BREAKING NEWS: St. Louis prepares for largest social justice demonstrations since Ferguson

Carly Anderson, Managing EiC Intern

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In a city still reeling from the 2015 Ferguson riots, a murder trial concerning 36-year old white police officer Jason Stockley and the killing of black 24-year-old Anthony Smith has come to an end.

“It’s been very divisive in our department. It’s a tough deal for us because our friends are almost getting divided which is -we can’t-do that, we’ve just got to do our jobs and go on,” a St. Louis city police officer said.

Prior to the release of the verdict, speculation from various news sources said there may be severe reactions if Stockley is not held guilty of first-degree murder. Groups such as the Women’s March and Black Lives Matter announced plans to protest prior to the verdict, calling for disruption and “stopping money.”

“I think it’s a good way to voice their opinion because, without that, they would never really be heard amongst other people,” sophomore Ashley Chai said. “It’s not necessarily good because it causes a lot of violence, but I think it’s one of the only ways to catch people’s attention nowadays.”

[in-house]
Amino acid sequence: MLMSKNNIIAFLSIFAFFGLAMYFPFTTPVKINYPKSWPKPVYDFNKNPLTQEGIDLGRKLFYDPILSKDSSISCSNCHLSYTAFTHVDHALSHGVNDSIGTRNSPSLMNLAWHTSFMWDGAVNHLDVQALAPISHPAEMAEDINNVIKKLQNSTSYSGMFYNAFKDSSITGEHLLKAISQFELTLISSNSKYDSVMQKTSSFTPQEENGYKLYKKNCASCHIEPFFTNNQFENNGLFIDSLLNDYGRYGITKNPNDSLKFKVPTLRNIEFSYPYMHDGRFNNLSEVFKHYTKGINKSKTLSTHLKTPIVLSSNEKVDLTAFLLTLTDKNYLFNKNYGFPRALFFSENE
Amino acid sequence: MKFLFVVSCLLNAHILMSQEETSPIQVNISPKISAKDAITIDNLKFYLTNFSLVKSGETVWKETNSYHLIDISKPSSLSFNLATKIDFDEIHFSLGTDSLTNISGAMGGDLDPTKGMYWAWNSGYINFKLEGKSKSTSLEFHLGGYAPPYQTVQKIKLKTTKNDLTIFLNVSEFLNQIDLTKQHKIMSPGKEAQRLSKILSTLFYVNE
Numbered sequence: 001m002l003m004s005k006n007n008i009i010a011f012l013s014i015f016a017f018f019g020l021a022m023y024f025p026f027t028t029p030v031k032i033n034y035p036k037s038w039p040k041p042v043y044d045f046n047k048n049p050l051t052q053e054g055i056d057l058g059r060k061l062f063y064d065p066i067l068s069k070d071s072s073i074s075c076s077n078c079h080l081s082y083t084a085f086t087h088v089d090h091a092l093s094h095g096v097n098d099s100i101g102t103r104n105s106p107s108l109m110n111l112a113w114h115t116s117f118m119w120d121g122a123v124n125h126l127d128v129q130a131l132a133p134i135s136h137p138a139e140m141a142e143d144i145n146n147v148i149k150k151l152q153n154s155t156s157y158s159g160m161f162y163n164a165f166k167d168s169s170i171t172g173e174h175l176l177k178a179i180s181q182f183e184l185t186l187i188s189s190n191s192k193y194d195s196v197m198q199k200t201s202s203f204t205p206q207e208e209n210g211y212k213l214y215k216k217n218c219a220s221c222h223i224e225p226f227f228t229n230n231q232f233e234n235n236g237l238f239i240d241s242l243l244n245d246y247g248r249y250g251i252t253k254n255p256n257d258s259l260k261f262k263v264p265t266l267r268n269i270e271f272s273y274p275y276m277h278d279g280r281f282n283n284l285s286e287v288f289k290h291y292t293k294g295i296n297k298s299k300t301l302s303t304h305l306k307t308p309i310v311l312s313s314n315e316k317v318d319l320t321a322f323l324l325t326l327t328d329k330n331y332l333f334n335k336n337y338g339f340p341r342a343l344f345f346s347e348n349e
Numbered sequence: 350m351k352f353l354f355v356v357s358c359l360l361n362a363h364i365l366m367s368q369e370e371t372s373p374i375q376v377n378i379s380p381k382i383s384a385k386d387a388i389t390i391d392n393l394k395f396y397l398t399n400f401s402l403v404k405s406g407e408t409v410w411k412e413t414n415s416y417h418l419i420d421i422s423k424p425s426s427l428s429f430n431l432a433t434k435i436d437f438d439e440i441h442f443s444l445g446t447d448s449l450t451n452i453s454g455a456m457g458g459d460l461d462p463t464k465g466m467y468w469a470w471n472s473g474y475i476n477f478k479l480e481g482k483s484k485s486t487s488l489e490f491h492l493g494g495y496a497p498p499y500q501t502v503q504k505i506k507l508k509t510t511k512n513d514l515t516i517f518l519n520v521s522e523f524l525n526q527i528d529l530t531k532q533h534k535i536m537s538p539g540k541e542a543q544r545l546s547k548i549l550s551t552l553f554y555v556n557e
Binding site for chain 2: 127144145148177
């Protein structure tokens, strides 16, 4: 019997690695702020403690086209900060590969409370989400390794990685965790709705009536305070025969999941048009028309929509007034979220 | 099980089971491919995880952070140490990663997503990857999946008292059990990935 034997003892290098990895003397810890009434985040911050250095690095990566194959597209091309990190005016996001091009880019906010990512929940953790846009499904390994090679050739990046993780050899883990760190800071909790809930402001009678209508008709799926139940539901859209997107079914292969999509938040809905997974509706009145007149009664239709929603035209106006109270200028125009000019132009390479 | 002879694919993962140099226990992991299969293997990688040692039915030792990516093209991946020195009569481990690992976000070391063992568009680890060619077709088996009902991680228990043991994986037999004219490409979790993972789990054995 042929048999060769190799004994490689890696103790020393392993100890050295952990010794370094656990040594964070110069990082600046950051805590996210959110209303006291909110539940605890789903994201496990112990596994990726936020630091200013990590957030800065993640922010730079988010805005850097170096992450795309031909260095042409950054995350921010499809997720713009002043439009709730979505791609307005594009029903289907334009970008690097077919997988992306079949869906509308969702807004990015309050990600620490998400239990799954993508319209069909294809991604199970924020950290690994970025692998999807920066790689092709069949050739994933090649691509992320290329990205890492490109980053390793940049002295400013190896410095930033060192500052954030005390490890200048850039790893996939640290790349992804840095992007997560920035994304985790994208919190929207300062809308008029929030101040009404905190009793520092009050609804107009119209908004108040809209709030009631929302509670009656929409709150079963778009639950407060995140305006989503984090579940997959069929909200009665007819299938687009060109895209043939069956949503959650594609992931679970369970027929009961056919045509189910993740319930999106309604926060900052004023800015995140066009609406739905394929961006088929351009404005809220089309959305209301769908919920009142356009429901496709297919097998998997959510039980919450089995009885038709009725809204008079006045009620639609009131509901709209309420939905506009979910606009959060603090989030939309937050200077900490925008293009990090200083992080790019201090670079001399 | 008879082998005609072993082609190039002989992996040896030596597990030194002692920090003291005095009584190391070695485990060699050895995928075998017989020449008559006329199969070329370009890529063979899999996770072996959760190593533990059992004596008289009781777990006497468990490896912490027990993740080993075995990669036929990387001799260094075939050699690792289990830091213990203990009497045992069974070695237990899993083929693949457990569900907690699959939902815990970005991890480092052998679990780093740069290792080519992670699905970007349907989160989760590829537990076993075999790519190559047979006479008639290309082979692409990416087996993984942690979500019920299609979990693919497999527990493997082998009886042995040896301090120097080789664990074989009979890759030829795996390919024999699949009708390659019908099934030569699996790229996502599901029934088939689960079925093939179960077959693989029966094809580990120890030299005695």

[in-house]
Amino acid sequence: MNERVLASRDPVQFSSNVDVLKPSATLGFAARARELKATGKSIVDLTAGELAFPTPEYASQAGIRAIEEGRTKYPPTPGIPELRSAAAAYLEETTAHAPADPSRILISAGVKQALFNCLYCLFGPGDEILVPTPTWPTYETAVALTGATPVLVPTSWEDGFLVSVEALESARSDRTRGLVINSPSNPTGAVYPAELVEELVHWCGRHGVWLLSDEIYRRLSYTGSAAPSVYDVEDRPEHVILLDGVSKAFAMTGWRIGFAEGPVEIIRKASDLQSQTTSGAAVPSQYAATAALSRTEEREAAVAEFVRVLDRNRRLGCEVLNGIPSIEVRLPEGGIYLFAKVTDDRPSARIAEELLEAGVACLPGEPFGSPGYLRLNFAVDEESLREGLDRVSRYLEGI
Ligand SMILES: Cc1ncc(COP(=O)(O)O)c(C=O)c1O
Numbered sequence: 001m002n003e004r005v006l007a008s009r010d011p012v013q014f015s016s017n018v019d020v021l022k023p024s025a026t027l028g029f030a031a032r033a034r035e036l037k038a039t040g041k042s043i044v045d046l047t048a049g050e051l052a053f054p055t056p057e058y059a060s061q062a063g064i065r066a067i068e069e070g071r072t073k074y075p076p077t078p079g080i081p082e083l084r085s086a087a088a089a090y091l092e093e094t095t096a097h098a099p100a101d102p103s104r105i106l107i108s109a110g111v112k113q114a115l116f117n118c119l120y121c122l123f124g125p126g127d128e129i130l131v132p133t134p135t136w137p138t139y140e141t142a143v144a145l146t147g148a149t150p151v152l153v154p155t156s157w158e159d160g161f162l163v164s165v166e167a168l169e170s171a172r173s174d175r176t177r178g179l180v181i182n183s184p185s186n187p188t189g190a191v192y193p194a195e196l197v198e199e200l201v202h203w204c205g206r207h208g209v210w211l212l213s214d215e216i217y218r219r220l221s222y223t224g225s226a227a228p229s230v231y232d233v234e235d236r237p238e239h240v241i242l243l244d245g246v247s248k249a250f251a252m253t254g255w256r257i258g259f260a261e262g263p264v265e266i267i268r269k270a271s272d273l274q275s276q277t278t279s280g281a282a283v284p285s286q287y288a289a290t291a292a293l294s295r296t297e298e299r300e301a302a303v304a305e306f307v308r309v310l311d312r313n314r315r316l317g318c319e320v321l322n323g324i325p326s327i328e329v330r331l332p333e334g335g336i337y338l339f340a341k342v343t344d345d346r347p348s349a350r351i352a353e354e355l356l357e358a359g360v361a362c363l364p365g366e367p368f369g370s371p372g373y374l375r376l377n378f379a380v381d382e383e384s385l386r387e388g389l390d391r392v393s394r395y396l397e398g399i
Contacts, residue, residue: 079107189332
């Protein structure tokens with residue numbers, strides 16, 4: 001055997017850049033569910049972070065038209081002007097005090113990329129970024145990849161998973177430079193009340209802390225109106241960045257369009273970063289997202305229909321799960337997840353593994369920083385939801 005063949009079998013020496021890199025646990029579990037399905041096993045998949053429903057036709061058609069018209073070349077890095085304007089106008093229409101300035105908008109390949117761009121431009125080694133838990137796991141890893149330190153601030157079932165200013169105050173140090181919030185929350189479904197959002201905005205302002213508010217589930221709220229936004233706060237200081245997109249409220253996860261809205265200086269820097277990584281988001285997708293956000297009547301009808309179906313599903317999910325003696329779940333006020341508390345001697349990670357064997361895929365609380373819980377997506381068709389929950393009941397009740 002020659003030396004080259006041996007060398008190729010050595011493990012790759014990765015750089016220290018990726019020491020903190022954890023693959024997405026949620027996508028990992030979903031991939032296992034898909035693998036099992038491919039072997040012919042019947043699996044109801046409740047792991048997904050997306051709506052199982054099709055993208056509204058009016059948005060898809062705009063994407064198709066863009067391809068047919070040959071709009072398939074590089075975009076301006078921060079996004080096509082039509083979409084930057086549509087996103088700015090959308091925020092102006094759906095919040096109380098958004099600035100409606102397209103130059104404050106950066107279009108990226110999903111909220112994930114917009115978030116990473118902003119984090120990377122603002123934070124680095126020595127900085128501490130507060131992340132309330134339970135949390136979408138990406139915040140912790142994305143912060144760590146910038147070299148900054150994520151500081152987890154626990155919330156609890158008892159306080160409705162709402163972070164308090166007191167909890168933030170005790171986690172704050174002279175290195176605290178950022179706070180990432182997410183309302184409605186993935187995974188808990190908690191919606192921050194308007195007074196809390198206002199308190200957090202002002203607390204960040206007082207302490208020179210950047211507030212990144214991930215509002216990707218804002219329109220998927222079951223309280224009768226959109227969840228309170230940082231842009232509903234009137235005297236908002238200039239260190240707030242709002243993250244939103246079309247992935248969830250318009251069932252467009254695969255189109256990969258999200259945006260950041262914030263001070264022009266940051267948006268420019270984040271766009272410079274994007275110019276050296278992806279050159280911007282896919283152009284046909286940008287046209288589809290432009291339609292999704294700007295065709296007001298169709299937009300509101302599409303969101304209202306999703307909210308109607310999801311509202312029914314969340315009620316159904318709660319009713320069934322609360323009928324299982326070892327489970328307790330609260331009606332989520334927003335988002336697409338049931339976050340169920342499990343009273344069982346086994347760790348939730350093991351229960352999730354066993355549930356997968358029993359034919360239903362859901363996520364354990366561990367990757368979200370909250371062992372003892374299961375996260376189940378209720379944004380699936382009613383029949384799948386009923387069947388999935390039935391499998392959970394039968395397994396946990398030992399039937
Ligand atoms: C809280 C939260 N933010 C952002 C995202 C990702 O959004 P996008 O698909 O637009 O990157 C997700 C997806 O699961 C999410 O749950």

Stockley waived his right to a jury, and five weeks later, Judge Timothy Wilson has decided that Jason Stockley is not guilty. This decision opposes the views of the St. Louis Ethical Society of the Police, who represent officers of color in the metropolitan area.

“The interesting thing about our school is that we’ve got such a wide range of everything, so there’s naturally going to be differing opinions,” Principal Jeremy Mitchell said. “Our goal is to make sure people feel safe and comfortable in being able to express themselves without getting to a place where it gets ugly.”

Many businesses have considered temporarily shutting down in preparation of the suspected riots. Wanting to keep students safe, Parkway canceled field trips on Sept. 14 in addition to school activities and sporting events the following weekend. The varsity field hockey game at University City on Sept. 15 and the Paul Enke/Hazelwood Central Invitational at Sioux Passage park for boys’ and girls’ cross country on Sept. 16 have both been canceled. The varsity football game at Clayton scheduled for Sept. 15 has moved to Sept. 18 at 6 p.m. 

“We go to no days off and 12-hour shifts. We have to place so much manpower into this incident, because what about the people that live in our neighborhoods, the people that need to call 9-1-1? We still have to protect our citizens. Nobody is off and that is very, very hard,” a city police officer said.

Even before the verdict became public, Kirkwood saw violence towards Black Lives Matter protesters on Sept. 13 after a driver in a white SUV sped into the crowd and drove away.

“We don’t know what they [protesters] are going to do but we have to be able to respond to that too. We don’t want them to get run over by a car,” the officer said. “The people that are doing the civil disobedience have their own way of doing things, but we still want to protect them.”